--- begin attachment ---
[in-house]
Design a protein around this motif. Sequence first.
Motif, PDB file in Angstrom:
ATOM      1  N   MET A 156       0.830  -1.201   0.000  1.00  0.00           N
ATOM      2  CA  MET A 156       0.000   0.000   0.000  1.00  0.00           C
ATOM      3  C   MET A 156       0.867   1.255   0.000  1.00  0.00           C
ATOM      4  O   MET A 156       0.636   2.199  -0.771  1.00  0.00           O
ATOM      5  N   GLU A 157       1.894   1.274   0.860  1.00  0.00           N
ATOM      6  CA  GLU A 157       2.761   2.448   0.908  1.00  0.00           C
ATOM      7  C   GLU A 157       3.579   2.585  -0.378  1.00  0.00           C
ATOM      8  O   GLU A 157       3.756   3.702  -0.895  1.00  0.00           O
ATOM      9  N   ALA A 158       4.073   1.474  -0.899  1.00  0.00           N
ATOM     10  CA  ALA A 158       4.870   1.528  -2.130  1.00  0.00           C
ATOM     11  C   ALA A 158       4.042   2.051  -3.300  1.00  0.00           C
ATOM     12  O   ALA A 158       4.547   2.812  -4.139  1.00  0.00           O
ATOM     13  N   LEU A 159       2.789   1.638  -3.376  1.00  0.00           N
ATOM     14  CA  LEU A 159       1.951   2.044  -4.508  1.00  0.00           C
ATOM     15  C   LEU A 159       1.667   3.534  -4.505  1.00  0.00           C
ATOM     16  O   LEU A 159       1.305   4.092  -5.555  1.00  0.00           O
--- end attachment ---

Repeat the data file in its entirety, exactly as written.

[in-house]
Design a protein around this motif. Sequence first.
Motif, PDB file in Angstrom:
ATOM      1  N   MET A 156       0.830  -1.201   0.000  1.00  0.00           N
ATOM      2  CA  MET A 156       0.000   0.000   0.000  1.00  0.00           C
ATOM      3  C   MET A 156       0.867   1.255   0.000  1.00  0.00           C
ATOM      4  O   MET A 156       0.636   2.199  -0.771  1.00  0.00           O
ATOM      5  N   GLU A 157       1.894   1.274   0.860  1.00  0.00           N
ATOM      6  CA  GLU A 157       2.761   2.448   0.908  1.00  0.00           C
ATOM      7  C   GLU A 157       3.579   2.585  -0.378  1.00  0.00           C
ATOM      8  O   GLU A 157       3.756   3.702  -0.895  1.00  0.00           O
ATOM      9  N   ALA A 158       4.073   1.474  -0.899  1.00  0.00           N
ATOM     10  CA  ALA A 158       4.870   1.528  -2.130  1.00  0.00           C
ATOM     11  C   ALA A 158       4.042   2.051  -3.300  1.00  0.00           C
ATOM     12  O   ALA A 158       4.547   2.812  -4.139  1.00  0.00           O
ATOM     13  N   LEU A 159       2.789   1.638  -3.376  1.00  0.00           N
ATOM     14  CA  LEU A 159       1.951   2.044  -4.508  1.00  0.00           C
ATOM     15  C   LEU A 159       1.667   3.534  -4.505  1.00  0.00           C
ATOM     16  O   LEU A 159       1.305   4.092  -5.555  1.00  0.00           O